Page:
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E-M:/ brominated flame retardants in the GL region

Several newly published studies on brominated flame retardants.  BDE-209 is deca-brominated diphenyl ether, still being produced and used in large quantities in consumer products and a significant environmental contaminant in the GL region. Evidence of debromination of deca and transformation into toxic byproducts also demonstrated. 
Ted Schettler

Venier, M., Hites, R., 2008. Flame Retardants in the Atmosphere near the Great Lakes. Environmental Science & Technology.  Article in Press. 10.1021/es800313z

As part of the Integrated Atmospheric Deposition Network (IADN), air samples were collected at five sites around the Great Lakes (two urban, two rural, and one remote) every 12 days during 2005-2006, and the concentrations of polybrominated diphenylethers (PBDEs), 1,2-bis(2,4,6-tribromophenoxy)-ethane (TBE), Dechlorane Plus (DP), and decabromodiphenyl ethane (DBDPE) were measured.The highest mean concentrations of total PBDEs were found at the urban sites in Chicago and Cleveland (65 ± 4 and 87 ± 8 pg/m3, respectively), and the lowest at the remote site in Eagle Harbor (5.8 ± 0.4 pg/m3). With the exception of Chicago, the atmospheric concentrations of BDE-47 and 99 (summed over the gas and particle phases) are decreasing rapidly with half-lives of 2 years, but the concentrations of BDE-209 are not decreasing at any of the five sites. The atmospheric partial pressures of BDE-47 and 99 showed a strong Clausius-Clapeyron relationship with reciprocal atmospheric temperature. TBE, DBDPE and DP were detected at all sites, but with the exception of Chicago, there were insufficient data to determine temporal trends for these compounds. The influence of human population density and synoptic atmospheric transport patterns was explored to explain the relatively high concentrations of BDE-209 in Cleveland.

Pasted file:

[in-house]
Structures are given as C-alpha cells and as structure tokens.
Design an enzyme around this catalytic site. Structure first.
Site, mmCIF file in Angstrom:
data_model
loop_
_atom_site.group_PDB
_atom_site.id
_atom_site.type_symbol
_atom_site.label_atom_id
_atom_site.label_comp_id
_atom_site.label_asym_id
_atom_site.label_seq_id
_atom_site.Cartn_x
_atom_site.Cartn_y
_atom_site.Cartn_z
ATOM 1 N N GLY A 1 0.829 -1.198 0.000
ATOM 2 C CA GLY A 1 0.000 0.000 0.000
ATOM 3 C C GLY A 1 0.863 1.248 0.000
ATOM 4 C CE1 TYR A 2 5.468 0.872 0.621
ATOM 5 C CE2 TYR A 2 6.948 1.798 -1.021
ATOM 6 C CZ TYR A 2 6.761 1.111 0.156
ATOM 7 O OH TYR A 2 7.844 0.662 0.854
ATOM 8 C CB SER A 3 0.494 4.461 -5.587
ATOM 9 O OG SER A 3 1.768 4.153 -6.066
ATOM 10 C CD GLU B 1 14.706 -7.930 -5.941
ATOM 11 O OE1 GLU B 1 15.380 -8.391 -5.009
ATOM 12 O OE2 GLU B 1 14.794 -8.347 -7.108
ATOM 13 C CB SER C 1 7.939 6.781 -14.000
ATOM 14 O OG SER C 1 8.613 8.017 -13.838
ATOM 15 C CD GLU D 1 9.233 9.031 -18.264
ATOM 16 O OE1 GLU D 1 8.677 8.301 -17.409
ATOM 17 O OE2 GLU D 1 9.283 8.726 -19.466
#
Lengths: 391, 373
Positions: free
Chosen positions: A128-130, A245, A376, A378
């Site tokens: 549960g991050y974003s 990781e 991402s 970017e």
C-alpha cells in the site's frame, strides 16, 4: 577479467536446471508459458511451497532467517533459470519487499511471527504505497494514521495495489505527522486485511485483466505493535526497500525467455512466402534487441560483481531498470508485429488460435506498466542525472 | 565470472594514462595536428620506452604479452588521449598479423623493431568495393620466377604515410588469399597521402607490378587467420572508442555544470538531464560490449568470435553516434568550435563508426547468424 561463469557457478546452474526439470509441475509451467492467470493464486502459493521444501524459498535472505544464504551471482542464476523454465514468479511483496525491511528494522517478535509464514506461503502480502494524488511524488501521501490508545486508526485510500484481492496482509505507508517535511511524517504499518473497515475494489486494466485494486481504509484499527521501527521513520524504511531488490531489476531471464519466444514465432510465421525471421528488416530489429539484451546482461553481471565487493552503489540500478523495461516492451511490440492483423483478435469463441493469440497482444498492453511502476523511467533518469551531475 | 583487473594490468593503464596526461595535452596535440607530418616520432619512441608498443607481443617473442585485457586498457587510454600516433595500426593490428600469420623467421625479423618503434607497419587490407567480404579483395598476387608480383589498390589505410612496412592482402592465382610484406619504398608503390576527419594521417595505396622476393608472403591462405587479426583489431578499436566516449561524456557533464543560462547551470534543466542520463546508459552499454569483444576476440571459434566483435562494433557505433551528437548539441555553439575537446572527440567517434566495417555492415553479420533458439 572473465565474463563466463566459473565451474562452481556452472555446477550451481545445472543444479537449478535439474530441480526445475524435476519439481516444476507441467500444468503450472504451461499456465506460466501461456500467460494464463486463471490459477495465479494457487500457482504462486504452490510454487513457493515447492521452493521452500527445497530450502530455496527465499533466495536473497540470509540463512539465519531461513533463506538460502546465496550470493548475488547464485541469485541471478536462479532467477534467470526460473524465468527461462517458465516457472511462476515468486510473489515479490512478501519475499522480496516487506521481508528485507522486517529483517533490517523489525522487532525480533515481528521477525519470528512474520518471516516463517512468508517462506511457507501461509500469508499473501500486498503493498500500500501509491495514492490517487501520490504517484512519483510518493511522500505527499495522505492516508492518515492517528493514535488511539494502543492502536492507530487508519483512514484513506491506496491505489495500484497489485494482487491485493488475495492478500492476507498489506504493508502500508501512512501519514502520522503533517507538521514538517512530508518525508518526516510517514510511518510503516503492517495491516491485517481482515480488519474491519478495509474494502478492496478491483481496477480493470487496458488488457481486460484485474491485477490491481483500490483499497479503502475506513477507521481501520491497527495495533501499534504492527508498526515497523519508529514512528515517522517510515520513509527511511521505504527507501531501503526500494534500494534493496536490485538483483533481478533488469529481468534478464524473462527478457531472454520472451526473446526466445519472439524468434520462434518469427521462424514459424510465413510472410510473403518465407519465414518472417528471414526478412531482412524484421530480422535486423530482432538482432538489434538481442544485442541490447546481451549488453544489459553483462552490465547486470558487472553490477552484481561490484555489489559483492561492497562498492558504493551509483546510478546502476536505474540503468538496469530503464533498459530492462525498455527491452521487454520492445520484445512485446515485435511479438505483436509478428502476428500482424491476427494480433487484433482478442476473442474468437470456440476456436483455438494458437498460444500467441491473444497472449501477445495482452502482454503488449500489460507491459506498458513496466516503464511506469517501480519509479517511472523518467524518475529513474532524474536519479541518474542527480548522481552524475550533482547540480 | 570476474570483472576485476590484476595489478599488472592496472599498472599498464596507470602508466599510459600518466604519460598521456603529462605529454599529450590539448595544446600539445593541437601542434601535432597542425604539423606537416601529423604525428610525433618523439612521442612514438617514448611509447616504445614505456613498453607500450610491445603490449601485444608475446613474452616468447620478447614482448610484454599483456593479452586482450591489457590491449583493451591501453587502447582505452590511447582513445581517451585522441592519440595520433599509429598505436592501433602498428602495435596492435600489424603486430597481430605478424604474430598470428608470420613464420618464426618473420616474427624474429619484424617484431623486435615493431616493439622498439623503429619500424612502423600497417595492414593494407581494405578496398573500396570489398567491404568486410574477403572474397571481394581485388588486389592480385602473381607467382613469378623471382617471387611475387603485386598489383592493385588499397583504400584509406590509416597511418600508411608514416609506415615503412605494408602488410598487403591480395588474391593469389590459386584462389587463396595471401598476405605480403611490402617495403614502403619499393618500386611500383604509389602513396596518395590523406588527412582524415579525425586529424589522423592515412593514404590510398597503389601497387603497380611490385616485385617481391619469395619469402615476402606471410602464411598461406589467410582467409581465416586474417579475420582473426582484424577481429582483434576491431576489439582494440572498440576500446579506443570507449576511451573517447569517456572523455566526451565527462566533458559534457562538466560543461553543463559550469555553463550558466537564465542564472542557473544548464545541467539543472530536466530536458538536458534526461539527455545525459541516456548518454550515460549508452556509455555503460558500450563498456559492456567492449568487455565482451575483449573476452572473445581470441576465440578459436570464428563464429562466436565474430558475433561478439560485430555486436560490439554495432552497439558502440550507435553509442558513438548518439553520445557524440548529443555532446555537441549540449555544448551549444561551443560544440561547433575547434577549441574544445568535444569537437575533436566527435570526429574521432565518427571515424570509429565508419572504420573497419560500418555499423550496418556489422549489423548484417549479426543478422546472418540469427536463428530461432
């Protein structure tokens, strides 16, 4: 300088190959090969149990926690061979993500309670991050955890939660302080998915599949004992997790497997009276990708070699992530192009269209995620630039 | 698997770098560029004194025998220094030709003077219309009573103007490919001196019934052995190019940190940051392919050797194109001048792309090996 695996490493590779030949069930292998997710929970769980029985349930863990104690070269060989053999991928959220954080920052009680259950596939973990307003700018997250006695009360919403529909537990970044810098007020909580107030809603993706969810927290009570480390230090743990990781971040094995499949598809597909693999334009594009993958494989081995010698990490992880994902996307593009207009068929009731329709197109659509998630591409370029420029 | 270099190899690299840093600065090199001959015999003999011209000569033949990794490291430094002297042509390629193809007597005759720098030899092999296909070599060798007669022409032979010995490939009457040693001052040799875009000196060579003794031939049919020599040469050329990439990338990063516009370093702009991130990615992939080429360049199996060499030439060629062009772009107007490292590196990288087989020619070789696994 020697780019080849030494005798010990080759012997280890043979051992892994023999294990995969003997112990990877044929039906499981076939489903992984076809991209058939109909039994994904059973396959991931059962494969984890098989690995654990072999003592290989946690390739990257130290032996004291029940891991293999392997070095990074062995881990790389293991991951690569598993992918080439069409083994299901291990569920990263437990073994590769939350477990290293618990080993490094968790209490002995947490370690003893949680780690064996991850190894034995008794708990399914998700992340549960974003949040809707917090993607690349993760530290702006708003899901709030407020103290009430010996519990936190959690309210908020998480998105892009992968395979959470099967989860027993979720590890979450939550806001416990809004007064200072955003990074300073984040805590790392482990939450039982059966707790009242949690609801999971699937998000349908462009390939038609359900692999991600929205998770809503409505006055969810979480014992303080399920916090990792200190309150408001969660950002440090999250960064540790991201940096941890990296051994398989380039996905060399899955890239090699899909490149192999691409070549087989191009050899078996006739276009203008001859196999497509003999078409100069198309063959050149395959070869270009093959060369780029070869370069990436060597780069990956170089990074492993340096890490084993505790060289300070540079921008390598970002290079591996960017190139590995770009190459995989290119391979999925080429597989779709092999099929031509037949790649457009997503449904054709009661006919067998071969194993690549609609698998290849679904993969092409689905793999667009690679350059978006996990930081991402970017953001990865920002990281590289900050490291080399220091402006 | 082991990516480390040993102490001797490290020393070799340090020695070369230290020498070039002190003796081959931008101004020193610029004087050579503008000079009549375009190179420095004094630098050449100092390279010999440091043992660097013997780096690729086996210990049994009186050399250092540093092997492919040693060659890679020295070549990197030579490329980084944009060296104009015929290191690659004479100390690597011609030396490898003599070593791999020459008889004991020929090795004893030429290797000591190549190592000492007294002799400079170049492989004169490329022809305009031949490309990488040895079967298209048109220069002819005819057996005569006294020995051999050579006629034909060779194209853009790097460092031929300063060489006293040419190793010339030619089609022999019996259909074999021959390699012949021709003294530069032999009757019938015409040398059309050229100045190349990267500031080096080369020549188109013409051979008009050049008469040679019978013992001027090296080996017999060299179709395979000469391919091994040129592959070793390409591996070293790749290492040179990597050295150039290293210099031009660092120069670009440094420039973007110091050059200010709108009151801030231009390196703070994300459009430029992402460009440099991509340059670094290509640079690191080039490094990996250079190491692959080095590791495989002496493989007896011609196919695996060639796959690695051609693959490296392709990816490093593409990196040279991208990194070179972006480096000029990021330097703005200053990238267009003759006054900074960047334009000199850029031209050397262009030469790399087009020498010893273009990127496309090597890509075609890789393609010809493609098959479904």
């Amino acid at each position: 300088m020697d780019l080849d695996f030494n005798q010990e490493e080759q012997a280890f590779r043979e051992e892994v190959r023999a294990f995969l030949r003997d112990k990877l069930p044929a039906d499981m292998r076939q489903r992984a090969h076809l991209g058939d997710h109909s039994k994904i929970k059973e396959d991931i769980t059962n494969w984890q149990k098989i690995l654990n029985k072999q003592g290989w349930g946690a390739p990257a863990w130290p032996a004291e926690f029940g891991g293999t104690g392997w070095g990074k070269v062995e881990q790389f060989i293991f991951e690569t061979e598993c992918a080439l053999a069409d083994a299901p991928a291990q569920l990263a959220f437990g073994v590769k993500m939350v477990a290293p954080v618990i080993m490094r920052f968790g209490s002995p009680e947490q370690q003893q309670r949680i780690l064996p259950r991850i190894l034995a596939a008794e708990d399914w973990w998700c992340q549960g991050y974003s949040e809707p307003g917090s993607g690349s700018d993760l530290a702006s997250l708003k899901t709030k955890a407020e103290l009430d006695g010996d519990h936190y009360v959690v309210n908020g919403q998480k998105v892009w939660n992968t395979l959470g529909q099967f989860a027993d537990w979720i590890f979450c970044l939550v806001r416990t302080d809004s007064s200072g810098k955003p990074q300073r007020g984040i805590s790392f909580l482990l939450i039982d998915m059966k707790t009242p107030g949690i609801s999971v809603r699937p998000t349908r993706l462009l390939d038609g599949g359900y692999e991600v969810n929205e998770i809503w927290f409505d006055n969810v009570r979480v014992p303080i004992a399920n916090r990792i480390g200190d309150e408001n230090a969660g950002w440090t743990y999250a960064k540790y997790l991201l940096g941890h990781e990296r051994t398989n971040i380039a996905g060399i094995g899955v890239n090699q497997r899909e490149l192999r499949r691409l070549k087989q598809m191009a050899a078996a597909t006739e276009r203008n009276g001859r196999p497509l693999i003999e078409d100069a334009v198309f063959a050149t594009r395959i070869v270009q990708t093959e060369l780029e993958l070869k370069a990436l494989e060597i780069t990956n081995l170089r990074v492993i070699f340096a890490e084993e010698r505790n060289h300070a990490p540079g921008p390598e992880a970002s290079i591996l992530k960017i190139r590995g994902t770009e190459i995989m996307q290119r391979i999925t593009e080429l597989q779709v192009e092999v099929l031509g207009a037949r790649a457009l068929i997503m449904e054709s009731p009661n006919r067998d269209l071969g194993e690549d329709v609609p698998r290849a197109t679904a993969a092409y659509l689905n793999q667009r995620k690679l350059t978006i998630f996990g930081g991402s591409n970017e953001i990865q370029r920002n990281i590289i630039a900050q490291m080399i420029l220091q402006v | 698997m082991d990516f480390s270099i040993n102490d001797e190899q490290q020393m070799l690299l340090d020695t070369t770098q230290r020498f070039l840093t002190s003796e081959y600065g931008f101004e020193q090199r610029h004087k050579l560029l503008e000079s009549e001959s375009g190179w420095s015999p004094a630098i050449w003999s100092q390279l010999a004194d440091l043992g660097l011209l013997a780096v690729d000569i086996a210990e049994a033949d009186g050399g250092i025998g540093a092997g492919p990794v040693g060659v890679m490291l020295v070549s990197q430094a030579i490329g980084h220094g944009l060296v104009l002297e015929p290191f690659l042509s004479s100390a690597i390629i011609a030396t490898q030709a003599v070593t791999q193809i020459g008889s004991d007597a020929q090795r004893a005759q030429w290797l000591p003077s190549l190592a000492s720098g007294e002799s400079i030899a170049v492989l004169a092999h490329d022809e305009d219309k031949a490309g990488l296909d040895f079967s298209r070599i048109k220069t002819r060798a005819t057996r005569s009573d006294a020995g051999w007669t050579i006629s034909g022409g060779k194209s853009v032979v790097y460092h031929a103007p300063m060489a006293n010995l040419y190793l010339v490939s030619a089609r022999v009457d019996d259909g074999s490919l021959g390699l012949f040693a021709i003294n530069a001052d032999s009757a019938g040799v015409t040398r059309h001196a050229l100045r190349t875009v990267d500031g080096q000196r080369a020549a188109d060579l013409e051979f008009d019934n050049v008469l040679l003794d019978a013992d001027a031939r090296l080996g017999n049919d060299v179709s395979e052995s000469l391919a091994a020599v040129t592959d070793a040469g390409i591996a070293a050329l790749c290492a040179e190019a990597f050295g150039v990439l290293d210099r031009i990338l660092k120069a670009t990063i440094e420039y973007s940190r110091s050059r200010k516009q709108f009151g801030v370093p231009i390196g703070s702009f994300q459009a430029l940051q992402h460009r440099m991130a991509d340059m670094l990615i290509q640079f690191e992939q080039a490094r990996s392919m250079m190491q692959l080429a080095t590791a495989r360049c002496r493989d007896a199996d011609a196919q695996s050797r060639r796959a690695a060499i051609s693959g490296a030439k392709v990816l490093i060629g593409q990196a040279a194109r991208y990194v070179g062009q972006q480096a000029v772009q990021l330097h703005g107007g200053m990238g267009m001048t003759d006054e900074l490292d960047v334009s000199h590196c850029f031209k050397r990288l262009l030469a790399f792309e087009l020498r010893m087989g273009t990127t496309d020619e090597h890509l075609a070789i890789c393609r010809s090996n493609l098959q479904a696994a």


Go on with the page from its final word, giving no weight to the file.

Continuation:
[from body of text]

? backward air trajectories were overlaid on a map of BDE-209 sources obtained from the EPA?s Toxic Release Inventory (TRI). The air masses corresponding to low BDE-209 concentrations were mainly coming from Lake Erie, whereas those corresponding to high BDE-209 concentrations were mainly coming from directions with facilities emitting BDE-209 into the atmosphere. Even without considering distant sources, the area surrounding Cleveland seems to have a high density of facilities emitting BDE-209, as opposed to Chicago, where the TRI indicated that there were none.


Allen et al., 2008. Critical factors in assessing exposure to PBDEs via house dust. Environment International. Article in Press. doi: 10.1016/j.envint.2008.03.006


Assessment of indoor exposure to polybrominated diphenyl ethers (PBDEs) requires a critical examination of methods that may influence exposure estimates and comparisons between studies. We measured PBDEs in residential dust collected from 20 homes in Boston, MA, to examine 5 key questions: 1) Does the choice of dust exposure metric?e.g., concentration (ng/g) or dust loading (ng/m2)?affect analysis and results? 2) To what degree do dust concentrations change over time? 3) Do dust concentrations vary between rooms? 4) Is